Who are we?

We're a team of about 100 undergraduate engineers from the University of Illinois at Urbana Champaign, and our mission is to be one of the first collegiate teams to design, build, and launch a two stage rocket 100km to the Kármán line. We still have a long way to go, but here's a snapshot into just one of our projects from last year. If you'd like to learn more about our organization the Illinois Space Society or our Spaceshot team checkout our website! https://www.illinoisspacesociety.org/

What's TARS MK4?

TARS MK4 is our premier 4th generation flight computer designed to compete in the 2023 Spaceport America Cup. It's capable of live radio telemetry, GPS tracking, autonomous state estimation, and controlling our rocket's apogee through an air brake mechanism that creates drag to slow down and reach a specific altitude for the competition.


The first step is to connect all the components together with a schematic. We've included all three of our schematics down below if you'd like to read them in full. The image above is a snippet of our sensor suite.

We use KiCAD for all of our projects because it's one of the best free open source electrical design software suites available. If you're ever working with multiple people we've also included our internal guide for collaboratively working on KiCAD projects. We follow a strict set of guidelines to avoid file conflicts that can very easily appear with multiple editors. If you're new to GitHub we also have a GitHub guide down below as well.

When designing a new system we often also make block diagrams to get a better understanding of the overall system with our favorite free diagramming tool draw.io.


When working with schematics we usually start by selecting a microcontroller and then designing around it. For our implementation we chose a Teensy 4.1 because it's Arduino compatible, extremely fast, and has a large set of I/O. We also have an ESP32-S3 and an ATmega328P as axuillary MCU for telemetry and power management.


The next step is to decide what type of sensors to use. When choosing a sensor we highly recommend ensuring they have SPI or I2C. These are digital communication protocols and how the sensors can talk to the MCU. We choose to primarily use SPI because it usually has a faster polling rate than I2C. Another benefit of these protocols is that they're busses so they mostly can share the same set of wires helping make routing/assembly easier.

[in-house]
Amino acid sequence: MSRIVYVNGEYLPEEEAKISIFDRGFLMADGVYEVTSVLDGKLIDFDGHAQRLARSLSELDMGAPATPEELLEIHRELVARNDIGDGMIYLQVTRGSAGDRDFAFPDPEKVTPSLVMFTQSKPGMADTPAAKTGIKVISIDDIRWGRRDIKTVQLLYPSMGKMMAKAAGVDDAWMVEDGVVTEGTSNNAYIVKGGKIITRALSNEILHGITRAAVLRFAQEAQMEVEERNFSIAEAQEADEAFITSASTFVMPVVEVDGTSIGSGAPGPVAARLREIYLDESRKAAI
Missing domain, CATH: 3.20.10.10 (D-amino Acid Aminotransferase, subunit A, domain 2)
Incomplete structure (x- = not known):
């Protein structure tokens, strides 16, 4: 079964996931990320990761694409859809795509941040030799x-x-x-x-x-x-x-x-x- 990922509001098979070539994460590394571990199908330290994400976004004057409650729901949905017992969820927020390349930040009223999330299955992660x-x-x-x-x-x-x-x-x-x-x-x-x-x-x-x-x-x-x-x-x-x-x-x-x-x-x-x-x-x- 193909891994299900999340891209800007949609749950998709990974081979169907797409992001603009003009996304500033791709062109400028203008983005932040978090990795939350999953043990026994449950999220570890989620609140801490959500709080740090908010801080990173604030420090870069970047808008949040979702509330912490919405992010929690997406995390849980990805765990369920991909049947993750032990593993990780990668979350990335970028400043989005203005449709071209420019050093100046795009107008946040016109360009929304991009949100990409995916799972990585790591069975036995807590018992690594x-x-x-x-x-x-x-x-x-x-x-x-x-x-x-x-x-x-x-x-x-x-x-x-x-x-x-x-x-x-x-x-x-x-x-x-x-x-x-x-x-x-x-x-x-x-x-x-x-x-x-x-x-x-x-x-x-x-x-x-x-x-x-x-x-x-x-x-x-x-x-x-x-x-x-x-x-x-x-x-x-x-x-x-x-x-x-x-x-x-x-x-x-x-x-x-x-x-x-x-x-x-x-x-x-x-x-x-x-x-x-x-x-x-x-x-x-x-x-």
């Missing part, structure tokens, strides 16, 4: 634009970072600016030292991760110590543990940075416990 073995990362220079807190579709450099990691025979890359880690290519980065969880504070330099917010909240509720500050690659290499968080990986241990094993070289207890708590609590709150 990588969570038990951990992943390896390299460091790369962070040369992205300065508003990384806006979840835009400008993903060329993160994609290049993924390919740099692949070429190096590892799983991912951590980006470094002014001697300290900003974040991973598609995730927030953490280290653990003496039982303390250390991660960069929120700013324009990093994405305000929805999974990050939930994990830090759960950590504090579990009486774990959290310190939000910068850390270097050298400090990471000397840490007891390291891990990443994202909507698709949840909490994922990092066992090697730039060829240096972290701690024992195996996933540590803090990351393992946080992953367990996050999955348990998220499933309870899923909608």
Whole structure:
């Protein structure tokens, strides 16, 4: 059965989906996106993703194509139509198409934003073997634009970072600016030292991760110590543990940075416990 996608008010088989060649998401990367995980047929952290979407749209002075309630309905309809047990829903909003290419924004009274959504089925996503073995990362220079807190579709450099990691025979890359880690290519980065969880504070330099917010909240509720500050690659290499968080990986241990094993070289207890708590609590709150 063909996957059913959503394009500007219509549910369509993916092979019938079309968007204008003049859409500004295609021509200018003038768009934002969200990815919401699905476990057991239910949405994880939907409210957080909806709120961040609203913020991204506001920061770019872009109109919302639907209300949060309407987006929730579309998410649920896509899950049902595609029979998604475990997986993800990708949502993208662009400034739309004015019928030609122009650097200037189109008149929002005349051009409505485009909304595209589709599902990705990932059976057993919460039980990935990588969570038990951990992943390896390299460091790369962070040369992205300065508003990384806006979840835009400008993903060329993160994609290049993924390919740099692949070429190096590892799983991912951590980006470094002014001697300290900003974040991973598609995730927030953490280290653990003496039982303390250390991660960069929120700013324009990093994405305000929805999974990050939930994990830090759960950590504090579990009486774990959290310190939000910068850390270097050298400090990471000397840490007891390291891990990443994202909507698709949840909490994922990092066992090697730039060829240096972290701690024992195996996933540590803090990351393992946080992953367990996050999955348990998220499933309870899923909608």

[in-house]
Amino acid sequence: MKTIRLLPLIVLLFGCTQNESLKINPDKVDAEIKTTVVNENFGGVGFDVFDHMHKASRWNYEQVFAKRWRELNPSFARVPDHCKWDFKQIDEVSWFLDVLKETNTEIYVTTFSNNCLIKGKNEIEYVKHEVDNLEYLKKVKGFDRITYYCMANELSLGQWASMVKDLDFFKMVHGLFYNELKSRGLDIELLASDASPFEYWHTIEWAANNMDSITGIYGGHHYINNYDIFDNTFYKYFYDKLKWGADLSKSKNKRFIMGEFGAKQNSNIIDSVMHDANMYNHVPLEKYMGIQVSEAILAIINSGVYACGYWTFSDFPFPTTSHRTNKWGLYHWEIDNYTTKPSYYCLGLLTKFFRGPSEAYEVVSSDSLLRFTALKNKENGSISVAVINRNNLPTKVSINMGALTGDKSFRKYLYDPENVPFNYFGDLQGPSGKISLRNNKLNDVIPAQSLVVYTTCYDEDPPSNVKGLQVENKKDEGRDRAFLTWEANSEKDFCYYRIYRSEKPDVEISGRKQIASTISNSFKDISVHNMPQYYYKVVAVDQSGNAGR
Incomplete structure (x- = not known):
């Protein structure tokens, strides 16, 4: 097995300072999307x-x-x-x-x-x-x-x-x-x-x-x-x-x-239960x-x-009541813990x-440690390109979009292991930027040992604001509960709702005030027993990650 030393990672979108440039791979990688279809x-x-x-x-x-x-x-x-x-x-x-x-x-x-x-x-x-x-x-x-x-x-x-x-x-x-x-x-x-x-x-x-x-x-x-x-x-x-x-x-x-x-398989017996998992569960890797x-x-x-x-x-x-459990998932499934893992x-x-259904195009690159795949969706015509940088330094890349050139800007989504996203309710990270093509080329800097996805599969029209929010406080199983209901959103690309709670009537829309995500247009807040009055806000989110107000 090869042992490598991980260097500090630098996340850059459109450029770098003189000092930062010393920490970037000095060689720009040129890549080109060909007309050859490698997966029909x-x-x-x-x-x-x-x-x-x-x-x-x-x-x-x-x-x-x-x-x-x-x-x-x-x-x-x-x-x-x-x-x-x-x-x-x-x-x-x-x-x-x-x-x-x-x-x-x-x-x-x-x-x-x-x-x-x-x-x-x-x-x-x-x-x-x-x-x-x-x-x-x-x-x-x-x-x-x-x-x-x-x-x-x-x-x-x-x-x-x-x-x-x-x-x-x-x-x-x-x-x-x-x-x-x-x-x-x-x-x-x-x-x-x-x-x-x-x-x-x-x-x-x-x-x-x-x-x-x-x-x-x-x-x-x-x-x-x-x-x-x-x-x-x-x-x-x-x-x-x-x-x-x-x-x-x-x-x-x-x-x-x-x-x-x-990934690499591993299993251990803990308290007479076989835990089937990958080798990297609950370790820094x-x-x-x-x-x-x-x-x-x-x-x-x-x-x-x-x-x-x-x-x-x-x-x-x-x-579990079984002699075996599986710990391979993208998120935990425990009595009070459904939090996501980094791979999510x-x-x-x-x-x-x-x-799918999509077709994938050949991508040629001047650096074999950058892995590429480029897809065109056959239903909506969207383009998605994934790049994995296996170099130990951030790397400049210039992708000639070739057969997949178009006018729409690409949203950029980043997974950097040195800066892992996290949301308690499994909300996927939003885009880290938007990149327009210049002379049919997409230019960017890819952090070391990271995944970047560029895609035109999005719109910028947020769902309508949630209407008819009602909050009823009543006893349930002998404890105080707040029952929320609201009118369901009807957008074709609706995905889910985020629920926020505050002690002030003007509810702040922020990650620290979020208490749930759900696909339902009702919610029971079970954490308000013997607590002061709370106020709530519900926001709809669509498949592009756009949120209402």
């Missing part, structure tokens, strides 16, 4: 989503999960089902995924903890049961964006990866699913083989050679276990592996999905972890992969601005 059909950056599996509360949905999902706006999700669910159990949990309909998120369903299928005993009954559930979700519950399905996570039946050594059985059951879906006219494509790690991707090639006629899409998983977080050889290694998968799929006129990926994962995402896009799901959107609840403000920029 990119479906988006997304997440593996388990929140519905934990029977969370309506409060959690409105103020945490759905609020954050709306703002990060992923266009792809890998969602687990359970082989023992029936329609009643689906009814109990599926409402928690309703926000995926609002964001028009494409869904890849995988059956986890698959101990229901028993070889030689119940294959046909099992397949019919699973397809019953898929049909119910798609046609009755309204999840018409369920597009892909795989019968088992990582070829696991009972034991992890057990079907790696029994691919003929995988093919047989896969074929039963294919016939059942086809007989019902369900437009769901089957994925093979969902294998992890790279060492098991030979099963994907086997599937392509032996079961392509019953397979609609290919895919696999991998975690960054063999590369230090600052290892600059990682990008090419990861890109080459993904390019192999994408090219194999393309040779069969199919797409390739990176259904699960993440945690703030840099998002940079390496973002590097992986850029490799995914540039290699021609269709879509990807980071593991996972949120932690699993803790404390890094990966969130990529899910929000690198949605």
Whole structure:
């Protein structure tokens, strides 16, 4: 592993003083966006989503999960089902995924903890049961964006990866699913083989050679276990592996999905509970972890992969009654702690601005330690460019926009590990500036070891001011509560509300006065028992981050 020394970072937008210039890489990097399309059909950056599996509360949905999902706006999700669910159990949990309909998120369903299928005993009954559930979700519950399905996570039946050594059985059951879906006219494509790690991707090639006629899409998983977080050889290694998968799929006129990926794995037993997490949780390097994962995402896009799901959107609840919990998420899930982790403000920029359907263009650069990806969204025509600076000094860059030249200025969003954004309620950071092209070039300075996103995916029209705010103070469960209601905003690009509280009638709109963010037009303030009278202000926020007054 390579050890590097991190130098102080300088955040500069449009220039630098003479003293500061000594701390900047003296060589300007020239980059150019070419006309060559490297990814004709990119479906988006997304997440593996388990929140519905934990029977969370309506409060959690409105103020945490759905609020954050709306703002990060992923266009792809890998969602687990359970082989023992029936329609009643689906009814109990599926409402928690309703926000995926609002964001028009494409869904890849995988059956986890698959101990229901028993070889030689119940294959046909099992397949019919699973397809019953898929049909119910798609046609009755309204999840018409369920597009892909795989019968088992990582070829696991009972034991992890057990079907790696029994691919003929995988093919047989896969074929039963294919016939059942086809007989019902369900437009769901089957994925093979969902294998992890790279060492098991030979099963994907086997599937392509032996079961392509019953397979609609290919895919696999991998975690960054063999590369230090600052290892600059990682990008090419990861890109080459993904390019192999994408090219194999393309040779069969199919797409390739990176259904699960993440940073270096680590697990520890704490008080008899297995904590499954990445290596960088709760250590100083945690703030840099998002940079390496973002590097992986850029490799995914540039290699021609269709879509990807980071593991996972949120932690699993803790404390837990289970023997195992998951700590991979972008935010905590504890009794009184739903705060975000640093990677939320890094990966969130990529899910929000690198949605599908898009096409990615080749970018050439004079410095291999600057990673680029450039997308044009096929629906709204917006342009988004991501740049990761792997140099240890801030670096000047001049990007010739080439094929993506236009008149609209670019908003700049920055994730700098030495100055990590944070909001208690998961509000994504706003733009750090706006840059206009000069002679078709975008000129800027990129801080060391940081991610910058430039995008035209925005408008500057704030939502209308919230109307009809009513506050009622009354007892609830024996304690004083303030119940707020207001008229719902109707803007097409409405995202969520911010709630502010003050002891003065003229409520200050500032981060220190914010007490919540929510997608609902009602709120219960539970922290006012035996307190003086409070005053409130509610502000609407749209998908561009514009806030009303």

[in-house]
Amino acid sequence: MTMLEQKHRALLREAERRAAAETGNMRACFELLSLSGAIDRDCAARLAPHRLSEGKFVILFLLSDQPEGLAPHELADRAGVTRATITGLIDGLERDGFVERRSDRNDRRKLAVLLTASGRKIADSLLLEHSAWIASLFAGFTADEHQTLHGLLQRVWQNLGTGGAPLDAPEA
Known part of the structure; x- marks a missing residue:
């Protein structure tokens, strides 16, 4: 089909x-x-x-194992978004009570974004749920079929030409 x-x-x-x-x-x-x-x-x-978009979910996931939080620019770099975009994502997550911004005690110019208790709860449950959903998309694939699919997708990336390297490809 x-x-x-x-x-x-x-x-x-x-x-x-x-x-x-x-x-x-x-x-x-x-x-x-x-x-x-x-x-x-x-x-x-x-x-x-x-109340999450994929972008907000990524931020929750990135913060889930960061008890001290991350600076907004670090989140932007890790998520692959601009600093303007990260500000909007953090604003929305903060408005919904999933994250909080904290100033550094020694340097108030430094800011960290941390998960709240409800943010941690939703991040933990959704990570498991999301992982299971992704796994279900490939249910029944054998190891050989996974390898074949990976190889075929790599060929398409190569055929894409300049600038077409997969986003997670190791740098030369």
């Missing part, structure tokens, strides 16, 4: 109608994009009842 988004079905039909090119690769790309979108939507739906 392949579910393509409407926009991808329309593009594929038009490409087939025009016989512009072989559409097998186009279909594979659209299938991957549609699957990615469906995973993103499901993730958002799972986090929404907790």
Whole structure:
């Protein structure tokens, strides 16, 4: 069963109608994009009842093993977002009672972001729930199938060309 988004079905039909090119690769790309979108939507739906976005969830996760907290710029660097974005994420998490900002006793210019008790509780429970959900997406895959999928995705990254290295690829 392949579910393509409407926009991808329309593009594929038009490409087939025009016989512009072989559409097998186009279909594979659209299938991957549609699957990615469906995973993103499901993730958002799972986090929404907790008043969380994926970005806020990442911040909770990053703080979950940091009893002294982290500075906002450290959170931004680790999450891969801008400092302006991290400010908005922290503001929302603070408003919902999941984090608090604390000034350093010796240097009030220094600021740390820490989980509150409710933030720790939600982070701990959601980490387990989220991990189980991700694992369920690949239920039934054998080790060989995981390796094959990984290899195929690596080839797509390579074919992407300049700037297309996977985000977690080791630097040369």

We use a combination of barometers, accelerometers, gyroscopes, and magnetometers to perform state estimation. Depending on your level of complexity you may want to choose multiple a low-g and high-g accelerometer to get better data throughout the regimes of flight.

However, if you're looking for simplicity we recommend the MS5611 barometer,BNO0855 9-DOF IMU, and MAX-M10S GPS. These three sensors should cover most of your basic sensing needs.

Voltage Regulators

To power TARS MK4 we use a 2S3P battery pack which means we have 2 batteries adding voltage in series and then 3 sets of them in parallel. We use standard Adafruit 3.7V 18650s which means our battery pack can range from 6V to 8.4V. Since we only needed at most 6V for our servo we decided to go for step down regulators for their relatively high efficiency.

If you're ever trying to design an embedded regulator we recommend checking out Texas Instruments' Webench Power Designer. It's a great tool for helping beginners easily design voltage regulators. If you're not looking to design your own we've also had great experiences with Pololu voltage regulators. We've used them as emergency backups in the past. It's always good to have at least one when designing embedded voltage regulators because if your design doesn't work you may be able to save the rest of it!


We opted to use a RFM96 with LoRa, because of it's exceptional range and low power usage. We do sacrifice a bit...

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